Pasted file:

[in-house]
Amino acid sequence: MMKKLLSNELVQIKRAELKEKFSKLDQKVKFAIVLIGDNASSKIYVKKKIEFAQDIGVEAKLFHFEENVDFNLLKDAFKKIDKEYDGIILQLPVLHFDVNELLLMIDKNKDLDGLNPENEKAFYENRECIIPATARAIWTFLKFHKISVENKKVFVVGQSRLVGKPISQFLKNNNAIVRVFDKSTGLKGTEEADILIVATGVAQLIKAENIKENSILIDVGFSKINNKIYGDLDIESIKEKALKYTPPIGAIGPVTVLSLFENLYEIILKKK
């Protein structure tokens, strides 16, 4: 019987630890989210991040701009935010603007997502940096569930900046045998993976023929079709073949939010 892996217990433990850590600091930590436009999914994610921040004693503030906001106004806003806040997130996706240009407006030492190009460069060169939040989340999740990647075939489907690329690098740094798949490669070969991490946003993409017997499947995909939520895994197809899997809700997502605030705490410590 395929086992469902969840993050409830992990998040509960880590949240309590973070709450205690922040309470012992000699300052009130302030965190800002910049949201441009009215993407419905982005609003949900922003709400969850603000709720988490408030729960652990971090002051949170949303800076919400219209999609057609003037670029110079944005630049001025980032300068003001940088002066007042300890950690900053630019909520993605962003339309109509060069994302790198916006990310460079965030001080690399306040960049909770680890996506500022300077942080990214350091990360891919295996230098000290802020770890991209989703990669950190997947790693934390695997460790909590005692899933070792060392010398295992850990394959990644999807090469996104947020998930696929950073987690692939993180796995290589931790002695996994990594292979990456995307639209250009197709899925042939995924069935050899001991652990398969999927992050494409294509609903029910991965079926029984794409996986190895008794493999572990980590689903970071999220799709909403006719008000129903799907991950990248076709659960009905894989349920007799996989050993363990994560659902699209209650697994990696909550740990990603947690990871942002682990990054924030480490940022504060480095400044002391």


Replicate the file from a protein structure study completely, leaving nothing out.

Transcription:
[in-house]
Amino acid sequence: MMKKLLSNELVQIKRAELKEKFSKLDQKVKFAIVLIGDNASSKIYVKKKIEFAQDIGVEAKLFHFEENVDFNLLKDAFKKIDKEYDGIILQLPVLHFDVNELLLMIDKNKDLDGLNPENEKAFYENRECIIPATARAIWTFLKFHKISVENKKVFVVGQSRLVGKPISQFLKNNNAIVRVFDKSTGLKGTEEADILIVATGVAQLIKAENIKENSILIDVGFSKINNKIYGDLDIESIKEKALKYTPPIGAIGPVTVLSLFENLYEIILKKK
């Protein structure tokens, strides 16, 4: 019987630890989210991040701009935010603007997502940096569930900046045998993976023929079709073949939010 892996217990433990850590600091930590436009999914994610921040004693503030906001106004806003806040997130996706240009407006030492190009460069060169939040989340999740990647075939489907690329690098740094798949490669070969991490946003993409017997499947995909939520895994197809899997809700997502605030705490410590 395929086992469902969840993050409830992990998040509960880590949240309590973070709450205690922040309470012992000699300052009130302030965190800002910049949201441009009215993407419905982005609003949900922003709400969850603000709720988490408030729960652990971090002051949170949303800076919400219209999609057609003037670029110079944005630049001025980032300068003001940088002066007042300890950690900053630019909520993605962003339309109509060069994302790198916006990310460079965030001080690399306040960049909770680890996506500022300077942080990214350091990360891919295996230098000290802020770890991209989703990669950190997947790693934390695997460790909590005692899933070792060392010398295992850990394959990644999807090469996104947020998930696929950073987690692939993180796995290589931790002695996994990594292979990456995307639209250009197709899925042939995924069935050899001991652990398969999927992050494409294509609903029910991965079926029984794409996986190895008794493999572990980590689903970071999220799709909403006719008000129903799907991950990248076709659960009905894989349920007799996989050993363990994560659902699209209650697994990696909550740990990603947690990871942002682990990054924030480490940022504060480095400044002391």